Richard Gee walks the reader through building Docker multi-arch images, using the new
docker manifest tool available in Docker 18.02-ce and later.
Why? Quite simply, it removes complexity. In the pre-multi-arch world it would typically be the case that multiple Docker hub repo’s would need to be visited, namespaces determined, or tags forensically interrogated in order to create bespoke Dockerfiles for each platform being targeted by the application.
CNCF created the Serverless Working Group to “explore the intersection of cloud native and serverless technology.” The first output of the group was creation of serverless landscape, which is available here. The whitepaper is the second contribution of the Serverless Working Group. The whitepaper goes beyond merely answering the questions facing the serverless community; it defines serverless computing:
Serverless computing refers to the concept of building and running applications that do not require server management. It describes a finer-grained deployment model where applications, bundled as one or more functions, are uploaded to a platform and then executed, scaled, and billed in response to the exact demand needed at the moment.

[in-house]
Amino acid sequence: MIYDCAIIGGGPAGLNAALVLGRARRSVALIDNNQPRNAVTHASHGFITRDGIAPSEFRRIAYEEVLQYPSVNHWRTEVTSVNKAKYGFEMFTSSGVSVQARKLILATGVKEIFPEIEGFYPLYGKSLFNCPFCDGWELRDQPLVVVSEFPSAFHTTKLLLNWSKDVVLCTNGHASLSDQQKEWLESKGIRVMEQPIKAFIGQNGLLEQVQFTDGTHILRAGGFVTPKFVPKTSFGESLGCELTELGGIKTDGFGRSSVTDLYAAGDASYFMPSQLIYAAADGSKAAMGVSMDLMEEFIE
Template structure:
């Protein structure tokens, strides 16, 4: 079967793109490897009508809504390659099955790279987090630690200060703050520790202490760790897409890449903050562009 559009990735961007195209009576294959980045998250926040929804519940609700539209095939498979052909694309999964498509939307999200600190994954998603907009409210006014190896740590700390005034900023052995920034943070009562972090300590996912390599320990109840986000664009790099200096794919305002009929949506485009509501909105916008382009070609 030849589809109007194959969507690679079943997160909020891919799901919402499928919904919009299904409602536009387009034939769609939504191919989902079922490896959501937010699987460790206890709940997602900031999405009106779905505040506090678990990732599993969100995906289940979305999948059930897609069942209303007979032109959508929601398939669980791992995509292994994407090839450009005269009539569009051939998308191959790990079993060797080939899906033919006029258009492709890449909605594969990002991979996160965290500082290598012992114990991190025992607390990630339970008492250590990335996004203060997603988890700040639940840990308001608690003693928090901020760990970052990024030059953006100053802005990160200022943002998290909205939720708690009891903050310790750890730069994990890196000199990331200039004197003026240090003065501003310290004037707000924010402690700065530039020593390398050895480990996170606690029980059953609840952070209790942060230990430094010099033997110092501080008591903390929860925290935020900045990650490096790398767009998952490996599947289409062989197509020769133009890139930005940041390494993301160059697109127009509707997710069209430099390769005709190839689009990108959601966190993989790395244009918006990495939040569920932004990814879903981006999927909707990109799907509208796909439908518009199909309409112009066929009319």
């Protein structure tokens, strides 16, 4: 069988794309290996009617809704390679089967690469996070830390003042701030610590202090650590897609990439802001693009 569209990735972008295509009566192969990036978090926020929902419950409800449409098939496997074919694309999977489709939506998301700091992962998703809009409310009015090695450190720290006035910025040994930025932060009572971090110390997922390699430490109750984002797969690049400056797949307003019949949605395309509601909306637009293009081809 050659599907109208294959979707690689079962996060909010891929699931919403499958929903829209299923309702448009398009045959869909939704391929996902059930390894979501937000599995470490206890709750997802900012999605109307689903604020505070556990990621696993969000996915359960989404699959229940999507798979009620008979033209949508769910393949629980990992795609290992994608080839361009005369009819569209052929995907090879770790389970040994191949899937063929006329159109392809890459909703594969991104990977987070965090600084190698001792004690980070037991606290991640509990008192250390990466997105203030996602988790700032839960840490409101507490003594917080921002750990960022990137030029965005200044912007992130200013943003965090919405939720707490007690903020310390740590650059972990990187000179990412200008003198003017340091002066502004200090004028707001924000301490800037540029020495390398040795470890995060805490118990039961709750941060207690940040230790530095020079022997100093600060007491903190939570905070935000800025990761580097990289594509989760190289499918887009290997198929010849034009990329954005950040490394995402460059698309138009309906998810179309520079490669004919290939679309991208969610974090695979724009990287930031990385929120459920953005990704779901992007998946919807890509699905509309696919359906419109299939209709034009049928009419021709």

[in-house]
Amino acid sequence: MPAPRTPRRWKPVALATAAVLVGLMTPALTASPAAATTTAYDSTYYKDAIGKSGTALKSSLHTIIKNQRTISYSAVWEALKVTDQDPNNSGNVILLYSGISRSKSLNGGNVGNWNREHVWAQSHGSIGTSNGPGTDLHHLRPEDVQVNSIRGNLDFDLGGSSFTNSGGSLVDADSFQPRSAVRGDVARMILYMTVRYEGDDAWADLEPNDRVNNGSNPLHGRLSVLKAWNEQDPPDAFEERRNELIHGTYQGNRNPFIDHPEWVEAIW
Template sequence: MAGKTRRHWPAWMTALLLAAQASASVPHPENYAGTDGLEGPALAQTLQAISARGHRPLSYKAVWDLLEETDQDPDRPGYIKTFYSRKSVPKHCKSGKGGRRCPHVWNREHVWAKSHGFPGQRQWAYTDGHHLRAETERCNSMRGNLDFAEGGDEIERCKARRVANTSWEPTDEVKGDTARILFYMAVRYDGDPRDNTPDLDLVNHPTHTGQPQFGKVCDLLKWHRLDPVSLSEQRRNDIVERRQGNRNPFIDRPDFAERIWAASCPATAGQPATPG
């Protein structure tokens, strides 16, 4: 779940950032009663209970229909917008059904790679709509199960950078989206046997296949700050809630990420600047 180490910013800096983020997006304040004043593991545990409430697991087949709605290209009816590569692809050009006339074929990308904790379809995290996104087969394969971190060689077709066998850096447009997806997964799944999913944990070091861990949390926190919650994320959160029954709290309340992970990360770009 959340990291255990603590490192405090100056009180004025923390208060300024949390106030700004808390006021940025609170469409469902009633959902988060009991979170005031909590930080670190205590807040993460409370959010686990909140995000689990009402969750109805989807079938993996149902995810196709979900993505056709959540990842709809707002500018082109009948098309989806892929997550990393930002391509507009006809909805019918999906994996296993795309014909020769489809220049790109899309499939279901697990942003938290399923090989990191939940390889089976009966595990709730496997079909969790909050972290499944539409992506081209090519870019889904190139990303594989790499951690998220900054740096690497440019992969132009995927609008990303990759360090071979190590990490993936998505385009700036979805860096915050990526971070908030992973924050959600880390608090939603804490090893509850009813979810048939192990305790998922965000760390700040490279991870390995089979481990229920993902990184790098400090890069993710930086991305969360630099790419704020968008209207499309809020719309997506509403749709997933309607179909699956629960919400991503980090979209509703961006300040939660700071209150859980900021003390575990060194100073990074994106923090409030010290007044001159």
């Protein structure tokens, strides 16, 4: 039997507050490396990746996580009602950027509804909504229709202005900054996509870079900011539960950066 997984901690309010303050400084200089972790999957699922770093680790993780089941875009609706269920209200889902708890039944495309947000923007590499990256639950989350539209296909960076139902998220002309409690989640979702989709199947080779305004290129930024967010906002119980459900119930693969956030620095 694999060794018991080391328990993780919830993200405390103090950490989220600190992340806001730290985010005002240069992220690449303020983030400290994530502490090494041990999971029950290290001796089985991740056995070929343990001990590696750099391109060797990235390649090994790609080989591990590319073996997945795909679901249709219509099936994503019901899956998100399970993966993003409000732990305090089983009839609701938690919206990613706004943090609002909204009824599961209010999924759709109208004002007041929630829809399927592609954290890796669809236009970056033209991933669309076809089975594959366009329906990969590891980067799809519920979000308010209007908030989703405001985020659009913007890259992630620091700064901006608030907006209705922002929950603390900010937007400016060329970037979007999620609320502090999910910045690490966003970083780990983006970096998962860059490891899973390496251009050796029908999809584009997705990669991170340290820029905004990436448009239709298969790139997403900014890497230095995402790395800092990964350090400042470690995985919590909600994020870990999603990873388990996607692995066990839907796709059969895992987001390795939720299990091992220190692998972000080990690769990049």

“Not a review yet” but lots of pictures.
What we already know is that the SoC is one of Rockchip’s ‘open source SoCs’ so software support is already pretty good and the chip vendor itself actively upstreams software support. We also know RK3399 is not the greatest choice for compiling code… We also know that this SoC has 2 USB3 ports and implements PCIe 2.1 with a four lane interface. But so far we don’t know how the internal bottlenecks look like so let’s focus on this now.
Peter Robinson from Fedora is guest on the Fedora Council subproject meeting, available in recorded form via Youtube, discussing running Fedora on “Internet of Things” devices. It’s a thoughtful account of what it takes to bring an existing operating system to an ecosystem.
Look for news coming from Open Source 101, a one-day conference on open source to be held in Raleigh, North Carolina on February 17, 2018. Sponsored by Red Hat and Github.
Looking six weeks out for regional and international events. The full calendar is available on the Works on Arm Github; pull requests welcomed if you have an event to share.